Great Rivers

Fish Conservation on China’s Yangtze River

Four hundred million people depend on the Yangtze River, China’s principal waterway, for fresh water. © Brian Ickes/USGS

Brian Ickes (second from left) spent 10 days in May providing technical assistance to the GRP’s Yangtze partners who are initiating a new method to quantify fish populations. © Dr. Liu Mingdian/YRFRI

There is little scientific information on the basin’s more than 340 fish species, and many populations are starting to decline. © Brian Ickes/USGS

The trip builds on previous GRP-sponsored efforts by Ickes and Dr. Yao Yin to help Chinese scientists develop a method for assessing fish communities in the Yangtze River basin. © Xiaoming Sun/TNC

While in China, Ickes also participated in a two-year sonic telemetry study designed to learn more about the life histories of four species of Asian carp, whose populations are declining. © Brian Ickes/USGS

Silver (shown here), bighead, black and grass carp have been important sources of protein throughout central China. © Dr. Duan Xinbin/YRFRI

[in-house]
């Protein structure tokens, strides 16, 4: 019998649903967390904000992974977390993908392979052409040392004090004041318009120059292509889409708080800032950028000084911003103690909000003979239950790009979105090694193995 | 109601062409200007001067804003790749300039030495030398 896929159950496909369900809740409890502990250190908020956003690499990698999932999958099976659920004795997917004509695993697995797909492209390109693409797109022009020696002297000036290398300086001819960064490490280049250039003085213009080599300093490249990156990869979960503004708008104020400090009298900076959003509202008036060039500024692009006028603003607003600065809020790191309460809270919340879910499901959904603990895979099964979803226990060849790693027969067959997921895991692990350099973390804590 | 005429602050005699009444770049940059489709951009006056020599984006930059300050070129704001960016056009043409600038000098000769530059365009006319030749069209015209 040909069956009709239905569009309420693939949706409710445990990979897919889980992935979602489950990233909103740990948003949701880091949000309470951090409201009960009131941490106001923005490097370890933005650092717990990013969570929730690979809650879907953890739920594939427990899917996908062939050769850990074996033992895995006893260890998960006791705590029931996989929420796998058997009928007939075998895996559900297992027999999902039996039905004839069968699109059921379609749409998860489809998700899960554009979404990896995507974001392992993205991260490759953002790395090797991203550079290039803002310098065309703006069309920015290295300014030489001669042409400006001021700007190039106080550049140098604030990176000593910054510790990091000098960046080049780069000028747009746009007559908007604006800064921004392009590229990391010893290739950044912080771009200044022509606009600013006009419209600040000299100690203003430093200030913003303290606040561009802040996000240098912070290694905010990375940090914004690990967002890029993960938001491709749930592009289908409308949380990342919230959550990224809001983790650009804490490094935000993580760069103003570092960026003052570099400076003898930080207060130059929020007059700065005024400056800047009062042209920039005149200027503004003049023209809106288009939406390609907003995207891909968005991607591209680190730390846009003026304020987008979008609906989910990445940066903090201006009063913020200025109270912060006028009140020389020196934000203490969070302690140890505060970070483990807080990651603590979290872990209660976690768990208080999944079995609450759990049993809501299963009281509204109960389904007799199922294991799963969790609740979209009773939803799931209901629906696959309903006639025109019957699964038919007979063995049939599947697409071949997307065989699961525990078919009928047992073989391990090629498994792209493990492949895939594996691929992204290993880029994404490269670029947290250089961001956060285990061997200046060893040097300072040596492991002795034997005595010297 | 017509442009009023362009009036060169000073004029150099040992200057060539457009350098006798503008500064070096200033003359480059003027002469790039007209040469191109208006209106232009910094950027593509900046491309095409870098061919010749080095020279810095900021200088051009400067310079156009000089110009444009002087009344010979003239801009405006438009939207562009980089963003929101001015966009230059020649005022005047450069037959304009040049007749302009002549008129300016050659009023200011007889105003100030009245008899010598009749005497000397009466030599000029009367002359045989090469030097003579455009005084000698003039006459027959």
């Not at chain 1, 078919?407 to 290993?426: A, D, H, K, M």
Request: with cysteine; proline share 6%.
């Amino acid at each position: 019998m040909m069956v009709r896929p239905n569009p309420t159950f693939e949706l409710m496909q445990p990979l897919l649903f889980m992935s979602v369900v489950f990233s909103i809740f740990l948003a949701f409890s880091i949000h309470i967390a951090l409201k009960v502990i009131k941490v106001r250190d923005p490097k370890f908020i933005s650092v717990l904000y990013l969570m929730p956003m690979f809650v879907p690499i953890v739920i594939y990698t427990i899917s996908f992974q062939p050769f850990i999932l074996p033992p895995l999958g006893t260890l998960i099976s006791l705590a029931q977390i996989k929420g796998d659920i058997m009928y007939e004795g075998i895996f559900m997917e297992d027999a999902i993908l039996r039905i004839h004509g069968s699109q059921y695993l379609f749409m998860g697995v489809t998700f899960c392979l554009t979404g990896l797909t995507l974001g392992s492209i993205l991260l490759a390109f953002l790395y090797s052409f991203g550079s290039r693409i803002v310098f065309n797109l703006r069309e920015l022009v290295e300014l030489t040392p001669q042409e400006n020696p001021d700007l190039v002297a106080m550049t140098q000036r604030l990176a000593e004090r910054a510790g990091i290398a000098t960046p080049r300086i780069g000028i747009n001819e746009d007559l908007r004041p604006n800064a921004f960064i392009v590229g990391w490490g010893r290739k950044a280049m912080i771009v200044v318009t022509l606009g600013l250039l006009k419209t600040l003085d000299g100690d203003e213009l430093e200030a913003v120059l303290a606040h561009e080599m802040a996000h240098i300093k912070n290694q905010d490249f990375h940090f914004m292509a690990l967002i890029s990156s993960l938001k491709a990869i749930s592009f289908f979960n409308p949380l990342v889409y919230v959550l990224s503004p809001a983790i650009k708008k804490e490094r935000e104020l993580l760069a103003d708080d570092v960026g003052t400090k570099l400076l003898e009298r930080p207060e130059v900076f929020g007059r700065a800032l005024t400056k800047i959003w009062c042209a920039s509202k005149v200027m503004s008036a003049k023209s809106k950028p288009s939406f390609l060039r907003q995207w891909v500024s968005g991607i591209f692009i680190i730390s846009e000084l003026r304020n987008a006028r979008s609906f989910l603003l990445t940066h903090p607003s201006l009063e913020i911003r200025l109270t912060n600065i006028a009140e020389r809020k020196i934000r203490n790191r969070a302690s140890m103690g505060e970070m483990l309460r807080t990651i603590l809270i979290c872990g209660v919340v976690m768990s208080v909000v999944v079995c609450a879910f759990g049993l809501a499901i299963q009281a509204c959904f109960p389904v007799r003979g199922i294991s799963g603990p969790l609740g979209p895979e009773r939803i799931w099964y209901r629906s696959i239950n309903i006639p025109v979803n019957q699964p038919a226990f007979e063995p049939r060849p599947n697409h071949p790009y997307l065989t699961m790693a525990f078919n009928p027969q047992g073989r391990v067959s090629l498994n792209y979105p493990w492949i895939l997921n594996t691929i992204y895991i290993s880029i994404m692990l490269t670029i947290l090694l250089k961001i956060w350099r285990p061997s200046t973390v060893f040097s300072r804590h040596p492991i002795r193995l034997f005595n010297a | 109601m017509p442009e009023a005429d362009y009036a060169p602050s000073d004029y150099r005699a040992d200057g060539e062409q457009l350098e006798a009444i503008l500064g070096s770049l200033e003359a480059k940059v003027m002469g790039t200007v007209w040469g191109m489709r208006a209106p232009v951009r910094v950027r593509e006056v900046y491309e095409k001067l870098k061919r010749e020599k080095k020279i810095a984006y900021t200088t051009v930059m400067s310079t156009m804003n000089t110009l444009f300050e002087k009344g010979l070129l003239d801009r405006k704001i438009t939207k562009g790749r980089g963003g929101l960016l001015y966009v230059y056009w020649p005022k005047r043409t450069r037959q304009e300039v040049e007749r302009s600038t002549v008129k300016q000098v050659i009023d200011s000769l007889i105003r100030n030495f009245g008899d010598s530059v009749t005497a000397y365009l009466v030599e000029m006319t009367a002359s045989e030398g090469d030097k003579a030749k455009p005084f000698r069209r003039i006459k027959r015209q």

Small transmitters were surgically implanted into the abdomens of 58 carp, which were then released into the Yangtze. © Brian Ickes/USGS

The transmitter broadcasts a signal that is picked up by 36 receivers on navigation buoys (shown here) spaced out along a portion of the river. The receivers record each carp’s location. © Brian Ickes/USGS

Chinese scientists hope to learn what is limiting reproduction and survival of Asian carp and to use that information to help stop their decline. © Brian Ickes/USGS

The sonic receiver network can be used to study other fish species, and data on similar species can be compared across great river systems including the Mississippi River (shown here). © Erika Nortemann/TNC